An effort in Salem to close a striking loophole in Oregon’s laws regulating class action lawsuits is attracting attention across the country as legislators seek both to bring Oregon into accord with practice in most of the rest of the United States and to help poor Oregonians overcome the challenges they face when protecting their rights through our legal system.
For many people the words “class action” conjure images of high profile national cases involving prescription drugs or unsafe cars, or of working conditions most of us can barely imagine (e.g. coal miners in West Virginia). A recent case here in Oregon, however, illustrates just how high the stakes can be in seemingly simple cases. As Portland TV station KOIN notes in a web report, a Multnomah County jury ruled earlier this month “that BP was wrong to charge 35 cents extra for people using their debit cards at Arco gas stations in Oregon.” That may not seem like a lot of money but, according to the station, the overcharging effected “nearly 3 million people” just in the two and a half years between January 2011 and August 2013 (the period covered by the suit). The verdict amounts to an estimated $200 per customer – $600 million in all.
Unless they have kept very good banking records, however, many Oregonians won’t see any of that money. Arco’s parent company, BP, says it has not retained the relevant records. Drivers who can document the number of times they used debit cards at Oregon Arco stations may be able to get some money back – but the vast majority of the “class” covered by the settlement is unlikely ever to see anything. This is where politics comes into play: the question of what happens to any unclaimed damages. Oregon is one of only two states where a company in BP’s position can put the unclaimed money back into its corporate pocket (the other state is New Hampshire).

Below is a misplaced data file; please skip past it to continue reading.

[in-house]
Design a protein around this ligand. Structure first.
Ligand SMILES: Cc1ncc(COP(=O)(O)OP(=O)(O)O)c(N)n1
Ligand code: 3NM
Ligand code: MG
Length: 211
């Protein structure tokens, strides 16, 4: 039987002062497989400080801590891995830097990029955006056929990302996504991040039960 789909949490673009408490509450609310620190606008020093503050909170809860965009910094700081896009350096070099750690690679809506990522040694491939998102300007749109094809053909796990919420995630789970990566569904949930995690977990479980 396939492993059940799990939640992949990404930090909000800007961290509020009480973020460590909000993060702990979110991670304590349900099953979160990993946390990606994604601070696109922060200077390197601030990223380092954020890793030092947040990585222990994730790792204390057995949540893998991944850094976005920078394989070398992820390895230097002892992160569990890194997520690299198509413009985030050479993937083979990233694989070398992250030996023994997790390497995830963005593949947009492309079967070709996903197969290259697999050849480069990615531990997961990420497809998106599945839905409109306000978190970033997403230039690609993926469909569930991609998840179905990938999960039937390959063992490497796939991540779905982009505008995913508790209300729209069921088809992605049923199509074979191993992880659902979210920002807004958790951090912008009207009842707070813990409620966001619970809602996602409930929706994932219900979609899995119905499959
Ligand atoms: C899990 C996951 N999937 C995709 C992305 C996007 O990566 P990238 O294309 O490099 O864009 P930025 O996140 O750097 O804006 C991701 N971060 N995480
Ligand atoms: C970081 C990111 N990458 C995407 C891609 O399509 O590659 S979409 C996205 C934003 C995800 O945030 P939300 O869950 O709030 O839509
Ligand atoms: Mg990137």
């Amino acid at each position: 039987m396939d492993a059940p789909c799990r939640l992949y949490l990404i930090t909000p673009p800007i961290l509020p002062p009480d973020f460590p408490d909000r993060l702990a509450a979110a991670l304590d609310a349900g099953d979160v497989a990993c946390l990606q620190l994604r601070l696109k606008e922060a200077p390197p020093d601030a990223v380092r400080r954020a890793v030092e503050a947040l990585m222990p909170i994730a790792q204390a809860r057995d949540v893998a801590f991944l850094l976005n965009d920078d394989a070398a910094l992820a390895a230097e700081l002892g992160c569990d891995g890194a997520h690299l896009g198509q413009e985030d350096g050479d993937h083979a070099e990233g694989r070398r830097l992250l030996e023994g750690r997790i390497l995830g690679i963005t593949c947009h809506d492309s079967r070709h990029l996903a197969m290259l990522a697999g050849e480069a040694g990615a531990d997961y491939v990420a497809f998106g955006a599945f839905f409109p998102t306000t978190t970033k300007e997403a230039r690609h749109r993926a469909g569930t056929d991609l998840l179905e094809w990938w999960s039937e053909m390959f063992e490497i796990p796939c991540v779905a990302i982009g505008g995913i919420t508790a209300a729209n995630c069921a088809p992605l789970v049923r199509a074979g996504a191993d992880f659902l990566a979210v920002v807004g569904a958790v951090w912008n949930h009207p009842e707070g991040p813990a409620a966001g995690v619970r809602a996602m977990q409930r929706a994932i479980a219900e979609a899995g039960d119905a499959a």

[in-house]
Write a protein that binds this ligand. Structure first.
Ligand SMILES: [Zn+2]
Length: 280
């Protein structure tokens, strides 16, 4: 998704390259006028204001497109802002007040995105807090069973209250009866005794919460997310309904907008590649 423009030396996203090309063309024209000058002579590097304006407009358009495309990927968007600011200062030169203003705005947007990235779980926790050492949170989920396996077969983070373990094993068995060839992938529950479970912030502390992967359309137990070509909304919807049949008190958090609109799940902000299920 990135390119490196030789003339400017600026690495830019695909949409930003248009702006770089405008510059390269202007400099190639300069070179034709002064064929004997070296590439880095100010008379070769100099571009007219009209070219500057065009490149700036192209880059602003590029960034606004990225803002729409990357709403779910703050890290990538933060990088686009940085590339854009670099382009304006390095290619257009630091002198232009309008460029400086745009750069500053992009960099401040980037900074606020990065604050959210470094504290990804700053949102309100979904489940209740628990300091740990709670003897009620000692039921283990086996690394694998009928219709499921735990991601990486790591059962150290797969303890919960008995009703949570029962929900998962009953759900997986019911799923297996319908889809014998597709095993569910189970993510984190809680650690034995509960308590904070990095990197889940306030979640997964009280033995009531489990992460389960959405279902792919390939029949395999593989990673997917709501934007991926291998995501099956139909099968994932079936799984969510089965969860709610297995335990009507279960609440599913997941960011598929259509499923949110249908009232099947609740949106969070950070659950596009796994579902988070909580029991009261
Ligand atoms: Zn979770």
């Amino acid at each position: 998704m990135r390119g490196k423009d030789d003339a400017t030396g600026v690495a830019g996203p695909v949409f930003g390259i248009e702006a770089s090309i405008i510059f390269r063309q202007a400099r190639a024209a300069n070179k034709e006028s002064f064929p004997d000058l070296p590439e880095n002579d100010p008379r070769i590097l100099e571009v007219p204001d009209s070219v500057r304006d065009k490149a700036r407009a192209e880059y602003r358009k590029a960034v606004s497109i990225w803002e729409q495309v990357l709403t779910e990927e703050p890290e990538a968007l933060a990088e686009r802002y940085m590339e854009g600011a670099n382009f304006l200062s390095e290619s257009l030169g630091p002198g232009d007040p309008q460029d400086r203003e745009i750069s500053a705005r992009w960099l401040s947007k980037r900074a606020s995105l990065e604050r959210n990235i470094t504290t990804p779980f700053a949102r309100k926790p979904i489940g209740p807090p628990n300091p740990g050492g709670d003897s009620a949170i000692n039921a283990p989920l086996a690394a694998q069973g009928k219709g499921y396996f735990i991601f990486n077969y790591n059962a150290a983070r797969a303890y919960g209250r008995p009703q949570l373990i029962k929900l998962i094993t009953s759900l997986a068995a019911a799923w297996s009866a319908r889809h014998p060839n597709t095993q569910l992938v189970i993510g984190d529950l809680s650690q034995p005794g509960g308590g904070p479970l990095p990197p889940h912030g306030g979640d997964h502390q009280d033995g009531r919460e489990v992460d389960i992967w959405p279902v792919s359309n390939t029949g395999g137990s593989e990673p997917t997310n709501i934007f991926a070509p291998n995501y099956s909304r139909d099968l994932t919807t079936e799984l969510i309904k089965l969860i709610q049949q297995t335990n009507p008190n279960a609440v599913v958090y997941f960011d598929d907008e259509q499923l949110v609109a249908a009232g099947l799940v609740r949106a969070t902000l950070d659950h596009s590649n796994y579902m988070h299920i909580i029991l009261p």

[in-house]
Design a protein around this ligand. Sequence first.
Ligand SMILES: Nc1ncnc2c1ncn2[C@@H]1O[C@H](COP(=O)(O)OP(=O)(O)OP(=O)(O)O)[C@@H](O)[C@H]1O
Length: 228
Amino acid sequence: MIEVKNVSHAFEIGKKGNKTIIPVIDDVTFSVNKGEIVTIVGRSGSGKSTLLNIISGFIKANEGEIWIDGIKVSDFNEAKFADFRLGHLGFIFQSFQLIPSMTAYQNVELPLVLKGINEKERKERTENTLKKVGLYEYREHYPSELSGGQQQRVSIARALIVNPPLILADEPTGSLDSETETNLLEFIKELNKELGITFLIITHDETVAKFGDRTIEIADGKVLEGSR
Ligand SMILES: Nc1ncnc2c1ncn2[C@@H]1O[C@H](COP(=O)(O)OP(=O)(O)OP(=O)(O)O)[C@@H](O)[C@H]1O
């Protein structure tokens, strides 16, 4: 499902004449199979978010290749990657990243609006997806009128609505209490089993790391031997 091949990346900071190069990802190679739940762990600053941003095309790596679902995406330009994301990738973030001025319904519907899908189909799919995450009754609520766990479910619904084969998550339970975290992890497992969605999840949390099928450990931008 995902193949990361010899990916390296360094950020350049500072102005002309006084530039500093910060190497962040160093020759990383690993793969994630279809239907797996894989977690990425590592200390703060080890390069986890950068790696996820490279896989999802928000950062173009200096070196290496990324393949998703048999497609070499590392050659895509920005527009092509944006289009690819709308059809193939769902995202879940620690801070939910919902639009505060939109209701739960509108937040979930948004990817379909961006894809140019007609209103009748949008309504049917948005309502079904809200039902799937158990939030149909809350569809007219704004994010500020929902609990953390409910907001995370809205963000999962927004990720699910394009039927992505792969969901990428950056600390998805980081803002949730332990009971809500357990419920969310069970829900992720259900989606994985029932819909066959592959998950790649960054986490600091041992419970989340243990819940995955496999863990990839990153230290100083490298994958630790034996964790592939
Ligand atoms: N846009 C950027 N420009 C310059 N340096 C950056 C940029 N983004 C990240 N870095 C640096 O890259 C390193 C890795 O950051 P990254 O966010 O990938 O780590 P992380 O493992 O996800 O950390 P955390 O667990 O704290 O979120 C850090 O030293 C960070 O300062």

As a recent Associated Press article outlined there is a move in Salem to close this loophole. HB 4143, which passed the House by a comfortable 36-21 margin earlier this week, would require that unclaimed class action awards “go to an endowment fund controlled by the state treasury. Interest income would be used to fund legal aid lawyers, who represent the poor in civil actions without charge,” the news agency reports. AP also notes that “about 850,000 Oregonians have income low enough to qualify” for legal aid.
From my perspective as a Portland personal injury attorney there really are not two sides to the debate about this proposed law. The question is simply whether we Oregonians will join 48 other states in holding corporations fully accountable for their actions – and ensuring that fines levied by judges and juries are actually paid – or will we listen to facile arguments from one of the biggest oil companies on earth… arguments that amount to allowing BP to pay little or nothing in the way of penalties because it, the company in the wrong, destroyed the transaction records that would have demonstrated its culpability? For the sake of fairness, and in the long-term interest of every Oregonian, rich and poor alike, the answer has to be strong support for HB 4143.